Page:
Temperatures will start off mild today, take a bit of a hit behind the Clipper for Monday before rebounding later in the week.  This next series of charts from the US GFS model shows the temperature difference from average at noon today through next Saturday.  (Click the maps to enlarge them) Red to brown tones are warm, while blues, greens and purples are cold. Keep in mind average noon time temps are around 35 so add or subtract the values for that number to get the actual temperature.  This is a good way to track the air masses as the week goes on:

2015-01-24-1239-12ZGFSHR-HSFC-TAN-COUS-H006 2015-01-24-1239-12ZGFSHR-HSFC-TAN-COUS-H030 2015-01-24-1239-12ZGFSHR-HSFC-TAN-COUS-H054 2015-01-24-1239-12ZGFSHR-HSFC-TAN-COUS-H078png 2015-01-24-1239-12ZGFSHR-HSFC-TAN-COUS-H102png 2015-01-24-1239-12ZGFSHR-HSFC-TAN-COUS-H126png 2015-01-24-1239-12ZGFSHR-HSFC-TAN-COUS-H150png 2015-01-24-1239-12ZGFSHR-HSFC-TAN-COUS-H174png

Notice the warmth today (locally)  subsiding and then resurging mid week before backing off by next weekend.  You can also see the cold beginning to rebuild in Canada and the much cooler look to the map by next weekend.

That’s the first hint of a flip to a colder pattern as we get into February. The model forecast for a week from Monday (Feb 2) has the look of an Arctic high spilling down the Plains and eastward.


If true, that Monday would be a very cold afternoon with temperatures in the teens. The other longer range models (Euro, Canadian-not shown) are also currently in agreement with this, so it appears February will flip back to a colder pattern.  We’ll see if we can get any snow to go with the cold. A few of the longer range models are trying to suggest some sort of winter storm early in the first week of the month–but that’s 8+ days away in “model world” and is doubtful right now.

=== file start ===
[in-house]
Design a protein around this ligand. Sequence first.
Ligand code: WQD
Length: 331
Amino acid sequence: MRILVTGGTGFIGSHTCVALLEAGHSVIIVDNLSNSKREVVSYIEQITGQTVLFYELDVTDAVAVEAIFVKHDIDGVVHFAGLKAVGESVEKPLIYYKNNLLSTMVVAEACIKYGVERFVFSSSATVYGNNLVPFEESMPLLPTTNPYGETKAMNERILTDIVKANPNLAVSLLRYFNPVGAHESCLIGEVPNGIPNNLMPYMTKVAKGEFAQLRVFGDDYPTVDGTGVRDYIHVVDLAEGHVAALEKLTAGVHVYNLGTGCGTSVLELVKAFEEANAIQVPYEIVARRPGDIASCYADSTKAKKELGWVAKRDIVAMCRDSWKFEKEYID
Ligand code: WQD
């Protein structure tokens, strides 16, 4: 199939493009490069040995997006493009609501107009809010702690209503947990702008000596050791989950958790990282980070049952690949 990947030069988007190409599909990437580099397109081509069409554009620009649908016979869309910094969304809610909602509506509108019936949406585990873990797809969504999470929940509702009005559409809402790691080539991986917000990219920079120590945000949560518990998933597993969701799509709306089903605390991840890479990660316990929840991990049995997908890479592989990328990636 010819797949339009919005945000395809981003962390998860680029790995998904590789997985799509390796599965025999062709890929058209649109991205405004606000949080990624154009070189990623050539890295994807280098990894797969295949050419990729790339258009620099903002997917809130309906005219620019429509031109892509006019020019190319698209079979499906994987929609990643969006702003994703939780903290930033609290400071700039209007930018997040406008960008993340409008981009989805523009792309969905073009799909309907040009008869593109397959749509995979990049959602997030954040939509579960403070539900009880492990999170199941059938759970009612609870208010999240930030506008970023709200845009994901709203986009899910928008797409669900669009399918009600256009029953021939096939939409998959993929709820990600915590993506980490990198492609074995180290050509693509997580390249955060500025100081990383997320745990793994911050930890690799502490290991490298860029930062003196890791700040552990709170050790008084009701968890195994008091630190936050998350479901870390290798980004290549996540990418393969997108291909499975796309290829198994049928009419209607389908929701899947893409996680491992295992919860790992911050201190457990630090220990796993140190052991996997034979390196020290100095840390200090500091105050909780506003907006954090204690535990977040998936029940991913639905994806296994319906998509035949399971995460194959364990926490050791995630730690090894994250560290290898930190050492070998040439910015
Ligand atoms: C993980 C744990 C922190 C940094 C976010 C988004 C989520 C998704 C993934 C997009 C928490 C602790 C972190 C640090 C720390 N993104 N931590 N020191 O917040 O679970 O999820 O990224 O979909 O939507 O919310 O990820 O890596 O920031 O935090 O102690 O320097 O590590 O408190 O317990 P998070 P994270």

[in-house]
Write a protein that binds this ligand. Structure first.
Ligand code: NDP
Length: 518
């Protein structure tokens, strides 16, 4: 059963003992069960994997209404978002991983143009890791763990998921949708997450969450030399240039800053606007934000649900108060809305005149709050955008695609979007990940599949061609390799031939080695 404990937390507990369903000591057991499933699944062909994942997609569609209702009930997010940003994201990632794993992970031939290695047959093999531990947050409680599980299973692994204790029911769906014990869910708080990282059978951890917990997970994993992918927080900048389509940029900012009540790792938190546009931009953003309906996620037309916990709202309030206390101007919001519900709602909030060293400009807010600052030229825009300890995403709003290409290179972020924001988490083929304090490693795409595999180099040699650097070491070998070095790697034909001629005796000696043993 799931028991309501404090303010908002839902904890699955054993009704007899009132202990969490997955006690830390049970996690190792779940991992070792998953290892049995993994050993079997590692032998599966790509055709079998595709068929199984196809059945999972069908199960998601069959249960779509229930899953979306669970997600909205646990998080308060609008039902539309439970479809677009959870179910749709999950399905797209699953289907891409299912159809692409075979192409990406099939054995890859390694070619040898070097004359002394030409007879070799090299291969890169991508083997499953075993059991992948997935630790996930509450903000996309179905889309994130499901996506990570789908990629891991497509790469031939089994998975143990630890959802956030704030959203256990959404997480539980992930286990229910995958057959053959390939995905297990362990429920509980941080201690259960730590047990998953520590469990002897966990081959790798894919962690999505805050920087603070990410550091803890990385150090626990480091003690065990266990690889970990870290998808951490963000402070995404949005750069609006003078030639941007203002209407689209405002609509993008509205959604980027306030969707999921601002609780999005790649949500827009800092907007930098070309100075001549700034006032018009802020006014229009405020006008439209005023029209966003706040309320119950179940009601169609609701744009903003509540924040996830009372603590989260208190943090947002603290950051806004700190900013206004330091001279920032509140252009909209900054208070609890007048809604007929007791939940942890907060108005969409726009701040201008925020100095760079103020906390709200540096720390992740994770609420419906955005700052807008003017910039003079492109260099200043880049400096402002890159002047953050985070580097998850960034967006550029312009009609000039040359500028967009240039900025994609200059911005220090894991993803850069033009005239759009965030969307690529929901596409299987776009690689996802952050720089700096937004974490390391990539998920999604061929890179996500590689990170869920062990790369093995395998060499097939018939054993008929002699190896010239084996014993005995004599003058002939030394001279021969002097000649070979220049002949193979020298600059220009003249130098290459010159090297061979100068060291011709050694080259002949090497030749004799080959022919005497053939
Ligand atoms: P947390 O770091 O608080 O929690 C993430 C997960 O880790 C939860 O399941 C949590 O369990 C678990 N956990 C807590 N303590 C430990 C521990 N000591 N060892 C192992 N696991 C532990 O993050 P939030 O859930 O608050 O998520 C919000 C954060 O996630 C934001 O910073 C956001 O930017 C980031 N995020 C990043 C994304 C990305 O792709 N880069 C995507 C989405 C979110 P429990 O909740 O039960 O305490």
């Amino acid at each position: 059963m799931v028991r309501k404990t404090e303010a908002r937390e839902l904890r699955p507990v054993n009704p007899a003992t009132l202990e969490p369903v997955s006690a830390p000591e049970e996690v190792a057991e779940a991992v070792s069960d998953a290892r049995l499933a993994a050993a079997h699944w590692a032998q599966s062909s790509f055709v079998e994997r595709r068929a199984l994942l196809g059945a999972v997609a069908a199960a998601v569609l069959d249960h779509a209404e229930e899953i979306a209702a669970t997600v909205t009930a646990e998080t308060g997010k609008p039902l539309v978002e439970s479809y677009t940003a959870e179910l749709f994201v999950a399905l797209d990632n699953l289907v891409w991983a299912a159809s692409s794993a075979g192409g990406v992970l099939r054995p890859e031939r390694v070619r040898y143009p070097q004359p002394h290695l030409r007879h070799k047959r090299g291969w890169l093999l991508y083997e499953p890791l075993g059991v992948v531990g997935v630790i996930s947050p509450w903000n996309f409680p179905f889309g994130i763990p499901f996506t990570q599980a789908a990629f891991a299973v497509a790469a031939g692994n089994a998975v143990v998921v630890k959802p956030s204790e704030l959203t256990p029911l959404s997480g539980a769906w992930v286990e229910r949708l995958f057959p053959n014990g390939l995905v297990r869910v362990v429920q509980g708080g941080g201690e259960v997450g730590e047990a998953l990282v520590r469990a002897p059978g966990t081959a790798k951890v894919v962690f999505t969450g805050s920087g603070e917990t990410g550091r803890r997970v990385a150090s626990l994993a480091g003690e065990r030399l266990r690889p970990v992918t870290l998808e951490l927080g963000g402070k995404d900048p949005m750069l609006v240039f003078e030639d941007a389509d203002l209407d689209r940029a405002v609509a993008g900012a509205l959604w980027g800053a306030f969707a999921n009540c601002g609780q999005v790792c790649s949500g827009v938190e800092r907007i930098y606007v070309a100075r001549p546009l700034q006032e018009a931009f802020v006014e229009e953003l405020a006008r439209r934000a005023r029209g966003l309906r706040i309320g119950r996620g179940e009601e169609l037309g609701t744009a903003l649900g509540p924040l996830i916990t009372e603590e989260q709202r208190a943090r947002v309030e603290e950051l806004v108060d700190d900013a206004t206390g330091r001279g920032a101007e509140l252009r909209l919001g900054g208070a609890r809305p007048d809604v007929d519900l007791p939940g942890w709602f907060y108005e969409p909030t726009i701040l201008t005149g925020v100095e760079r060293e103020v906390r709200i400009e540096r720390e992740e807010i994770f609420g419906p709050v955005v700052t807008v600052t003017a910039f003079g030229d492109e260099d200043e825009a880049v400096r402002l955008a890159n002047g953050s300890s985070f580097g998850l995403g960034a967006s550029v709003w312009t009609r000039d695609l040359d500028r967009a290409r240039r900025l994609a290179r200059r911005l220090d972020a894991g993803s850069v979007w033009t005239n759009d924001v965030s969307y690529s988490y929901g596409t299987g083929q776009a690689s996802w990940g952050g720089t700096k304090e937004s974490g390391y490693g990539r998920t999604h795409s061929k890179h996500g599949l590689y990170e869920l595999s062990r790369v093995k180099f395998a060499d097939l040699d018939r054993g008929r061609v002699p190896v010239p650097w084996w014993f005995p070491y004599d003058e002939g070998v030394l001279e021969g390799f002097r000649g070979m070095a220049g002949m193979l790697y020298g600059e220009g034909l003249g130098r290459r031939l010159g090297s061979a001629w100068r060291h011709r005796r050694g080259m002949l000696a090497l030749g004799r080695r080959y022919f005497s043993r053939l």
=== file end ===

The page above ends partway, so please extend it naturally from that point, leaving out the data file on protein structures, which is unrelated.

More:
We’ll have another blog post next weekend as our quiet pattern continues.  Should signs begin to point toward more active weather, we’ll have a post later this week.


2 thoughts on “Winter Doldrums to finish out January; Snow drought to continue; 2014-2015 Winter forecasts on shaky ground

  1. Great stuff, thank you. It is looking to me like if you want a big winter this year, the NE is about your only chance.

    It strikes me that the things that have driven our warmer weather this season have been the warmer SSTs in the 120E-180 range and the convective activity that appears to have engendered and the fact that the NAO has been like a hoover vacuum most of the year.

    Both appear to have take and bit of a respite from late Jan. — early Feb. , but models show them coming back toward the end of the time (e.g., by Feb. 10th).

    What do you think the drivers for the weather this winter have been? In November and Dec. you pointed to the Pacific flow, which sure seemed right to me. Changes, nuances since then?